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Copyright 101: What Artists Need to Know to Protect Their Work

June 21, 2018 | Written by: Stem

Today’s digital rat race (let’s call it the #content era) revolves around one fancy phrase: intellectual property (IP). Every creator benefits from understanding its weight. That goes for cat photographers, consumer product designers and, you guessed it, members of the music community. Recording studios represent traditional assets—physical property capable of generating economic value. The songs produced within that studio exemplify intellectual assets, or music copyrights—the manifestation of creative ideas.

Governments legally enforce different types of IP protection to incentivize innovation and business growth. For example, trademarks protect Stem’s logo. If another music distributor takes that brand element and uses it to sell its own services, Stem has legal grounds to file suit. Meanwhile, patents protect inventions ranging from Ableton Push boards to iPhone screens. For artists, nothing matters more than music copyrights, which grant them different rights to alter, perform, reproduce, synch and sell their work.

Music copyrights history dates back to the 1800s. Few changes have occurred between now and then. It’s easy to get lost in the wonderful world of legal head-scratchers. With that in mind, Stem assembled what every artist needs to know to look at their work through a legal lens.

Recording & Composition

Every song consists of two core elements: sound recording and composition. The former refers to the file, CD, etc. containing your musical work—something rewindable, transferrable. The latter refers to the song’s lyrics and melodies, which can exist on sheet music, apart from an actual file. A copyright exists for each piece. The ‘record industry’ deals in terms of sound recording copyrights. The ‘publishing industry’ deals in terms of composition copyrights. So, how does an artist get these protections?

music copyrights

Baseline Music Copyrights Protection

Performing Arts (PA) Copyright – Composition

When Stem artist Dana Williams writes original lyrics in her phone notes, she automatically earns ownership over the composition, aka the performing arts copyright. The United States upholds this point-of-creation protection for songwriters. In addition, melody receives the same treatment, whether you record a voice memo or write musical notation. Publishing companies make money by acquiring PA copyrights (or writers capable of generating them) that have high economic potential.

Sound Recording (SR) Copyright – Master

Voice memos, along with Logic projects, Ableton bounces and pressed CDs, warrant automatic sound recording copyrights. Artists accumulate these music copyrights (or ‘masters’) when they translate ideas (“Let’s make songs that sound like space!”) into something tangible (the Interstellar soundtrack files). In a nutshell, if your song is original and exists in a reproducible medium (.WAV), you can claim ownership. However, you must prove two arguments to successfully combat infringement. First, you have to show that your creation existed prior to the copycat. Second, you must prove beyond a reasonable doubt that the infringer knew about your original work.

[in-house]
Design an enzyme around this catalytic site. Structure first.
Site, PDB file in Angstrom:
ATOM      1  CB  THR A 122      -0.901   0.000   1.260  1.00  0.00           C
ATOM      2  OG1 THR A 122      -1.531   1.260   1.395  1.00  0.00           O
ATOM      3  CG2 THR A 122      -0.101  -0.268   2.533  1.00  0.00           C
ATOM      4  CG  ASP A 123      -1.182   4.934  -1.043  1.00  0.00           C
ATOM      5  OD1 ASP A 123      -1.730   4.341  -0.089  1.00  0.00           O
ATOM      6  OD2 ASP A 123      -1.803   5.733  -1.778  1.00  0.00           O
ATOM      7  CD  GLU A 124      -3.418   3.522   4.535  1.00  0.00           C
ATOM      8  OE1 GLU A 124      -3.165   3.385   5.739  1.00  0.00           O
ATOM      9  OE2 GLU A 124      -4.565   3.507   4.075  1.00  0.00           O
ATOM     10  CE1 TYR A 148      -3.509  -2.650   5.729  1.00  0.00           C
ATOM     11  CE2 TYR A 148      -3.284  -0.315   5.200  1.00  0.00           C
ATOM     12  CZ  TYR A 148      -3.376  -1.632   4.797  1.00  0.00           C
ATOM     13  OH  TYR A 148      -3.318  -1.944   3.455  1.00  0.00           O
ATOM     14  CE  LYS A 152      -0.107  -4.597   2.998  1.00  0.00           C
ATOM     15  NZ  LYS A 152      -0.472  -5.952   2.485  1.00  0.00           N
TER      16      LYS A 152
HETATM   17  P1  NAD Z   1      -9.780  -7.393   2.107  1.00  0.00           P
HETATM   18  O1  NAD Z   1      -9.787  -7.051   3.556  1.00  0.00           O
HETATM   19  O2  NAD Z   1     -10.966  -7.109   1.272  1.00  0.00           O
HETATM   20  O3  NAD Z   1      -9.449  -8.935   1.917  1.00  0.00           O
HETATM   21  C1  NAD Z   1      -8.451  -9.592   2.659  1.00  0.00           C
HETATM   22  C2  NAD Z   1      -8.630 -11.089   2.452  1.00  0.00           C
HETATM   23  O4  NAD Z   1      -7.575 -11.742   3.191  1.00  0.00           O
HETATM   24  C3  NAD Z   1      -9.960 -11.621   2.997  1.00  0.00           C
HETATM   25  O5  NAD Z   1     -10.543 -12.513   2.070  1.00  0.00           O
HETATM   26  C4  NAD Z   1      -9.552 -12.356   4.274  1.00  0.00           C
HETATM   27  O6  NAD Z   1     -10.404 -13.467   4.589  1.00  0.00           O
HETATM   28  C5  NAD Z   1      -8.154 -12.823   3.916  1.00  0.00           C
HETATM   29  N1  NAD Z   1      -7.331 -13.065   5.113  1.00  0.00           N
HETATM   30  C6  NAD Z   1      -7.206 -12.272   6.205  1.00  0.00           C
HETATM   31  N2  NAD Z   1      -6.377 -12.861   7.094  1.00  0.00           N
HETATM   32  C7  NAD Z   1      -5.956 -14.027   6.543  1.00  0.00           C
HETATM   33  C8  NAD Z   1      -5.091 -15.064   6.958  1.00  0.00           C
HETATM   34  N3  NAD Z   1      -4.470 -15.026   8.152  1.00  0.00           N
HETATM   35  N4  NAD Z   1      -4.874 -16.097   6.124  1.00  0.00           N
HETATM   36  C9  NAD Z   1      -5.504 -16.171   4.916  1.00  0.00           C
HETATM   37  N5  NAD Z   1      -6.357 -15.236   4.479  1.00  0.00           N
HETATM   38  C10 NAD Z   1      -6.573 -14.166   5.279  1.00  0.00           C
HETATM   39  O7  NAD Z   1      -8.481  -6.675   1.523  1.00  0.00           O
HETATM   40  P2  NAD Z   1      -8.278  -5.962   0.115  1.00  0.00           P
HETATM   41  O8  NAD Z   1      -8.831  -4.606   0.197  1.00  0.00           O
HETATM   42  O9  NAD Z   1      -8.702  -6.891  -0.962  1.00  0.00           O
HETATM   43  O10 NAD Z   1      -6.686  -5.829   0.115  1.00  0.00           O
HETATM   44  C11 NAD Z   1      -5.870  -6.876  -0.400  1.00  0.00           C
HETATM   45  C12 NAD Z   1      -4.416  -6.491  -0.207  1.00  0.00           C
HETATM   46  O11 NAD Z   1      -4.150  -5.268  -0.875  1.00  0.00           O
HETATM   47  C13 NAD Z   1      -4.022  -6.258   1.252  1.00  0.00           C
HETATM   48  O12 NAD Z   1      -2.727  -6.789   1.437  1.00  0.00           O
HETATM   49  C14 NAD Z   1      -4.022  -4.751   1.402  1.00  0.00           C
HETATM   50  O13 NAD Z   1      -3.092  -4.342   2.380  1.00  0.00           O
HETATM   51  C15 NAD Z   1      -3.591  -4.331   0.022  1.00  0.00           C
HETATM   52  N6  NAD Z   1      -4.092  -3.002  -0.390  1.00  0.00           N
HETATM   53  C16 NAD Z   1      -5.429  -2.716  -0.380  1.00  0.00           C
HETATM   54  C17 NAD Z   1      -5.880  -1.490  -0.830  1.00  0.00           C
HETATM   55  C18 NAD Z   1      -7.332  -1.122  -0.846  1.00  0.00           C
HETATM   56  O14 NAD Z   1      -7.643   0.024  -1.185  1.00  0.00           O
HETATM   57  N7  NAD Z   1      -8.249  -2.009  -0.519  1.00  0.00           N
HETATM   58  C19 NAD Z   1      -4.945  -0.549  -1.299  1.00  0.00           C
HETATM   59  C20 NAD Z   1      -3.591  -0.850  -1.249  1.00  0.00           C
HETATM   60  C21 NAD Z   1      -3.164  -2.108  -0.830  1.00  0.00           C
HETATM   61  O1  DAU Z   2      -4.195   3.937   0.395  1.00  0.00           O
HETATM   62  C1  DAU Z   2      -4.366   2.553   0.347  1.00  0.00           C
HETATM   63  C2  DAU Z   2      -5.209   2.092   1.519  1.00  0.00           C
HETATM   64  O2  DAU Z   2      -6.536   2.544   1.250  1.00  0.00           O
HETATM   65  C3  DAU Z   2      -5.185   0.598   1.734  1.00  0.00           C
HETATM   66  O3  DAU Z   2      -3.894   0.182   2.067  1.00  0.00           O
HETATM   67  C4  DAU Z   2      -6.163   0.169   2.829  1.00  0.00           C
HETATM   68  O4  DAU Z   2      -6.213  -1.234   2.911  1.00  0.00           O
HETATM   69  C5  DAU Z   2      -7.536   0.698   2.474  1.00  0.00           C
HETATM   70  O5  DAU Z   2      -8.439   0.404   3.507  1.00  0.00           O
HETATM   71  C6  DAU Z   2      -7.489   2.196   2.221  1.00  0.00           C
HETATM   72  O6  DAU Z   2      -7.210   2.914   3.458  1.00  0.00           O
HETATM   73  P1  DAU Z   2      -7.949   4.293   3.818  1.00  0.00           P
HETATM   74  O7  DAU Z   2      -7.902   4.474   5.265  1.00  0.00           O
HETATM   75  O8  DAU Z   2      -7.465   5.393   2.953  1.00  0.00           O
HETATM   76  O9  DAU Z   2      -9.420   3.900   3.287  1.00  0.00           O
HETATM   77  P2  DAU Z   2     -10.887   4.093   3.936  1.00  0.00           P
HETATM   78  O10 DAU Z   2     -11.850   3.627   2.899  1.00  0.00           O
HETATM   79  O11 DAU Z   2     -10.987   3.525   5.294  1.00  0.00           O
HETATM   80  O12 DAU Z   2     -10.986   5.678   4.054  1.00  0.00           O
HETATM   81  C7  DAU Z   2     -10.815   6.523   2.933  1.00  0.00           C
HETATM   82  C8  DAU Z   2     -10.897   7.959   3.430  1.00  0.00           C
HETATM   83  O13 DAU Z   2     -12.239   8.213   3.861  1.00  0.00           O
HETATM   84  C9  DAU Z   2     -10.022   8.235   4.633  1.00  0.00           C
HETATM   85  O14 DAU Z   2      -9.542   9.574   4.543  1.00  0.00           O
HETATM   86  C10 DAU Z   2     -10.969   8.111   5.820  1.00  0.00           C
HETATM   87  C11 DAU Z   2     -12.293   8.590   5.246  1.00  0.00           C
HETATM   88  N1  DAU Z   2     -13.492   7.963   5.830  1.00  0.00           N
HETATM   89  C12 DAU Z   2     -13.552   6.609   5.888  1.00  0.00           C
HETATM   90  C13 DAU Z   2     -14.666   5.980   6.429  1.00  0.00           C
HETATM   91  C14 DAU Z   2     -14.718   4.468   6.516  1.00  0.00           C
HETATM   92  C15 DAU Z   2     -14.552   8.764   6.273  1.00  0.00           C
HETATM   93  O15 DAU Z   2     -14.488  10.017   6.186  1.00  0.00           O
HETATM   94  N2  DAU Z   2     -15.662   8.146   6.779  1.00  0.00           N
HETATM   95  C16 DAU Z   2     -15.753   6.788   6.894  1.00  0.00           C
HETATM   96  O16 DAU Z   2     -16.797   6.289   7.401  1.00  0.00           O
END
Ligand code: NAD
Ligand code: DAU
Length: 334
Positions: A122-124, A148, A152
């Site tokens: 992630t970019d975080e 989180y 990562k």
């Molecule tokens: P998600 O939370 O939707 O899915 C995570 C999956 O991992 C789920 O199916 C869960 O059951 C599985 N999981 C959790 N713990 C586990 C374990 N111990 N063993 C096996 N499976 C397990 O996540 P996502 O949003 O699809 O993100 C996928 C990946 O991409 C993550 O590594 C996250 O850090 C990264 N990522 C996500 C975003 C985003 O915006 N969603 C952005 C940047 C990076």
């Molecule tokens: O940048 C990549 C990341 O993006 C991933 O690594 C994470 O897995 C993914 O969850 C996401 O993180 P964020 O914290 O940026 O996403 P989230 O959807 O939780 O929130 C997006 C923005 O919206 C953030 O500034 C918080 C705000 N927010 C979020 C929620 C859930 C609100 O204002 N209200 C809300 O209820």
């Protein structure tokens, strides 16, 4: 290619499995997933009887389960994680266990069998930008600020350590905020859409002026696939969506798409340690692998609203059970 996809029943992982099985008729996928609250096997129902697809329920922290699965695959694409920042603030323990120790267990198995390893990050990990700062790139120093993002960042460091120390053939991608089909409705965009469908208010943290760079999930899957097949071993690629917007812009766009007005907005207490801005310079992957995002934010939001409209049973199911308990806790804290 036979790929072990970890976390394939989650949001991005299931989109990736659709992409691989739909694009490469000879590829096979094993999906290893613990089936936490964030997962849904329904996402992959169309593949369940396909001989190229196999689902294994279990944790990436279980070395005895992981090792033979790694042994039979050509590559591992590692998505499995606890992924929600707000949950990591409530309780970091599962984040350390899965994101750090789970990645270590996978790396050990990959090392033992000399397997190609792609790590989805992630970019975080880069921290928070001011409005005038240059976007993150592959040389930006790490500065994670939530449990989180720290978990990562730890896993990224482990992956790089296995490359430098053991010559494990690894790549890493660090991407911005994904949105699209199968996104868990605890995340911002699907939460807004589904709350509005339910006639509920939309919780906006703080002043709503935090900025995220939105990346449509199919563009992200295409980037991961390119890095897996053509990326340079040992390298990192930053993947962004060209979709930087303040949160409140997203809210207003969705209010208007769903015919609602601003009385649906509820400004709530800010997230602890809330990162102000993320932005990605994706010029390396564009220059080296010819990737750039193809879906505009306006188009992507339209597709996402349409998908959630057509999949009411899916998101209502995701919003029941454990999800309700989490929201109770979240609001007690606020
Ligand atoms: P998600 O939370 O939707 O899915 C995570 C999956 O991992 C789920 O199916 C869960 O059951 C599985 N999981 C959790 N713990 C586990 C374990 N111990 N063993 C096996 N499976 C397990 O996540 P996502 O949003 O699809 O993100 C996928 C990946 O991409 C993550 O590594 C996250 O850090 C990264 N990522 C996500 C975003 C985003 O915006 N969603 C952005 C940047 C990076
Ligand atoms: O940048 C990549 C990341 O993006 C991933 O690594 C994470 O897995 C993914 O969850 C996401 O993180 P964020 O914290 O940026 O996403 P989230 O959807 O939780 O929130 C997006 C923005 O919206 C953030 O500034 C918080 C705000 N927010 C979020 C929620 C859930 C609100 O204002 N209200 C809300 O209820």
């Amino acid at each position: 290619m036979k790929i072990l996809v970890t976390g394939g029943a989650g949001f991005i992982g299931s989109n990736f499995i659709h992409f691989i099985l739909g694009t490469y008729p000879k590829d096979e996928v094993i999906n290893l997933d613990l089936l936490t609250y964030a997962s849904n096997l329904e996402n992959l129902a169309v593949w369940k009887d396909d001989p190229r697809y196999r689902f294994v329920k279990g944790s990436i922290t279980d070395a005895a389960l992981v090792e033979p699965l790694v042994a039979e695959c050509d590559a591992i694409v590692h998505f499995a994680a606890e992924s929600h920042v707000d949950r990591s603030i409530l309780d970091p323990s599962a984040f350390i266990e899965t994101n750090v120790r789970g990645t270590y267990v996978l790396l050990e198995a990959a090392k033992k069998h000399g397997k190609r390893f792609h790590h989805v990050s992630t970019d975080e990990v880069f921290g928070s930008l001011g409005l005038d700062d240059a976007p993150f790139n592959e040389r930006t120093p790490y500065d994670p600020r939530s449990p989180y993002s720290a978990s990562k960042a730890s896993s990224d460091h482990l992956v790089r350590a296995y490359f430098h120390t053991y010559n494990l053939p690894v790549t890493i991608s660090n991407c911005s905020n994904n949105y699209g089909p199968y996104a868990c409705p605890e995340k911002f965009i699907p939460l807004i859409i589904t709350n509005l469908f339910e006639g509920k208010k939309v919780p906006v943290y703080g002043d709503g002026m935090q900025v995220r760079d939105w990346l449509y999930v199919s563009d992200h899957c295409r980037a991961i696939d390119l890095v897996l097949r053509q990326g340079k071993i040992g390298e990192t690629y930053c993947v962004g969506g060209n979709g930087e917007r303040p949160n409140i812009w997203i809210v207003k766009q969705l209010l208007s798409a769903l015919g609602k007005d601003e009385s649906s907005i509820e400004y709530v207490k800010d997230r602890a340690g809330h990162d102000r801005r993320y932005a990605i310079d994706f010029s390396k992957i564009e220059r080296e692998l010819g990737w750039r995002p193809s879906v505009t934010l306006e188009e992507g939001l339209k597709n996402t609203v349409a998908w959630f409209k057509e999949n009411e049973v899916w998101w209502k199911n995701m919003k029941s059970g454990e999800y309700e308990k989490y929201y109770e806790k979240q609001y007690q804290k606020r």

Registered Music Copyrights Protection

Baseline music copyrights let creators work their magic with relative security. You can pay collaborators through tools like Stem and never think twice about royalty splits. You can make a new song and distribute it through our platform to Spotify and Apple with peace of mind, knowing you own your work. With that said, artists and teams must complete an extra step if they ever want to take legal action against infringement. The United States Copyright Office requires formal registration for both SR (master) and PA (composition) protection in court proceedings. Fortunately, the process is straightforward.

music copyrights

Long-term Value

Art, while an asset on paper, means so much more. However, it can help to recognize the legal and economic value of creativity. Longterm wealth often stems from ownership and the additional investments those residual funds enable.

It’s worth noting that 100 percent of $0.00 means nothing, and 50 percent of $10,000.00 nets less than 10 percent of $500,000. Artists with key partnerships—management, collaborators, etc.—typically have higher ceilings. Teams matter, and teams cost money.

Relatedly, it’s crucial to know the difference between money and rights. A manager might have a 15 percent commission from your gross earnings, so you’re not keeping 100 percent of the pie. Importantly, you do still own 100 percent of the rights. You can control the pie even if managers come and go. That same logic applies to Stem. We keep five percent of our users’ earnings to pay for our services, but users retain ownership and have the authority to take their catalog elsewhere if they choose. Critical thinking comes in handy when ownership falls into question. Ask yourself if you can quantify what a potential partner can do to improve your situation. Is it worth what you’re giving up? The answers will help guide you on your journey to the top.

Stick around the Stem blog for more industry tips and tricks. Every week brings new guides and graphics as we strive to help make music simple. Click here if you’re in search of music distribution that offers automated royalty splits, streamlined data and everyday support to the creative class.

music copyrights